So far at least, the 21st century has been a rough time for Detroit. Despite closing plants and cutting jobs since the 1980s, General Motors and other major carmakers lost their once-vaunted competitive edge, burdened by huge fixed costs and continuing losses in sales and market share to import-brand rivals. Add in unexpected jumps in materials costs, plus a market whipsawing from thirsty trucks to thriftier cars in the face of record gas prices, and the result is a "perfect storm" that threatened to send the Big Three crashing on the rocks of bankruptcy.
That simplified summary may sound overblown, but the situation could hardly be more critical in the new millennium. Though all three U.S. automakers still made money overseas, they suffered major losses at home. That forced some drastic "recovery" measures, encouraged by hoards of unhappy stockholders. General Motors was forced to sell assets, close plants, and lay off workers while hoping new models sold well enough to prevent the unthinkable.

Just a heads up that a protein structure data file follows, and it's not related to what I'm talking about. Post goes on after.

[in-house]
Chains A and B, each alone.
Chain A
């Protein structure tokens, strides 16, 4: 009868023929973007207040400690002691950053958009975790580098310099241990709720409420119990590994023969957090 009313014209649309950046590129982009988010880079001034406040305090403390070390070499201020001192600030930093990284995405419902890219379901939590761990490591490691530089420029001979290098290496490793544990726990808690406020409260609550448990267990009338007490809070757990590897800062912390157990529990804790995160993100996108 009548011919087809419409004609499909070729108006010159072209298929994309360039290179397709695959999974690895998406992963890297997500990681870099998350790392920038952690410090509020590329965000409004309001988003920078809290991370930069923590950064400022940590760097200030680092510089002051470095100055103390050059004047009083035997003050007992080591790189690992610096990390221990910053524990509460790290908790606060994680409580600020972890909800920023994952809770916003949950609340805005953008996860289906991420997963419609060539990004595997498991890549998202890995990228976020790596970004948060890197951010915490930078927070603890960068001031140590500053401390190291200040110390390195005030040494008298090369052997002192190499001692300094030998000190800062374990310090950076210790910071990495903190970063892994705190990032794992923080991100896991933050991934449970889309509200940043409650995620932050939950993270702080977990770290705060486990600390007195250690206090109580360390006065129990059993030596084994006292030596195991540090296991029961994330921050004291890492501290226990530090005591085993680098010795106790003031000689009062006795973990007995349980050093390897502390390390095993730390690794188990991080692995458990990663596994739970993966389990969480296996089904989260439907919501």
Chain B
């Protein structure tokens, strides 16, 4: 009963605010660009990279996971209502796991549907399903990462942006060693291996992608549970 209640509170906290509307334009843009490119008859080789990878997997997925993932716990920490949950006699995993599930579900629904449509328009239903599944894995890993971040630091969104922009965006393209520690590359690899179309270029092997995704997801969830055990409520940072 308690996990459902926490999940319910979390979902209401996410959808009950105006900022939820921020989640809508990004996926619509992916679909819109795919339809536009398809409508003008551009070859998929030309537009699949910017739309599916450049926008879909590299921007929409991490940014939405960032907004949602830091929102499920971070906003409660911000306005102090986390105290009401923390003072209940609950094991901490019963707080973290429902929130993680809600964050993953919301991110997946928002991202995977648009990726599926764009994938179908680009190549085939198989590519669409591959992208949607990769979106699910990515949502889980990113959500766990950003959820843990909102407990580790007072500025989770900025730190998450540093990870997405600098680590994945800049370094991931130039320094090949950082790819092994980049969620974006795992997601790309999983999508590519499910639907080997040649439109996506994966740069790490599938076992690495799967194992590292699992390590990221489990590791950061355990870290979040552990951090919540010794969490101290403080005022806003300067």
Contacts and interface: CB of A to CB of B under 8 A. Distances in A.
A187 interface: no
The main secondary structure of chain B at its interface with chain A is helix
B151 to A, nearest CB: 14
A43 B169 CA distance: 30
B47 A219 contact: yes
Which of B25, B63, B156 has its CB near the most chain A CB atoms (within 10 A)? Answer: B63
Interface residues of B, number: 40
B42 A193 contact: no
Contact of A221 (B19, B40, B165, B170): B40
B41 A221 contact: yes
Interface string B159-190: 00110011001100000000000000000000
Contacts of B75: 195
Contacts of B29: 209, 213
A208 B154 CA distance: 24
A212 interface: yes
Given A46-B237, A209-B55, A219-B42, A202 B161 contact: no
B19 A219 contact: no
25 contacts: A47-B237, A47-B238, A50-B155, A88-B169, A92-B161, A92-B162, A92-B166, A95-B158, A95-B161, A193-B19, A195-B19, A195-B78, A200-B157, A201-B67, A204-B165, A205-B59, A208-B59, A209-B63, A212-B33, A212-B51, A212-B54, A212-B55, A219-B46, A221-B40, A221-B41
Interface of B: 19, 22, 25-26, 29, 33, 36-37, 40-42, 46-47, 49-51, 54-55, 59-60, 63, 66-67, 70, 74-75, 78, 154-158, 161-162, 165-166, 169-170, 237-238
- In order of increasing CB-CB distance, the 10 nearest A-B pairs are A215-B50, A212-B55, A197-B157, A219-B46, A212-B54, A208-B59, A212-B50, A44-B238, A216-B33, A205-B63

Fortunately for this story, some of those products were succeeding, and many of them were Cadillacs. In fact, GM managers fittingly picked their flagship brand to begin what they hoped would be a 21st-century renaissance for the entire company.
A string of boldly styled circa-Y2K concepts suggested Cadillac would again reach for luxury-class leadership, but in new ways so as to stand apart from the European and Japanese brands that had stolen its thunder. If all went well, the resulting new showroom models would have people taking a fresh look at Cadillac, just as the surprise-hit Escalade SUV was doing.
This game plan began to jell shortly before the new millennium dawned. Despite enthusiastic management support, the first of the new fleet couldn't be ready before model-year 2003, but Cadillac made several sensible moves to prepare for its arrival.
Continue to the next page to learn about Cadillac's comeback efforts at the beginning of this critical period in its history.
For more information on Cadillac, see:
- Cadillac: Learn the history of America's premier luxury car, from 1930s classics to today's newest Cadillac models.
- Consumer Guide New Car Reviews and Prices: Road test results, photos, specifications, and prices for 2007 Cadillacs and hundreds of other new cars, trucks, minivans, and SUVs.
- 1990-1999 Cadillac: Import competition and a stale image rock once-proud Cadillac. Here's the low-down on Cadillac's come-down.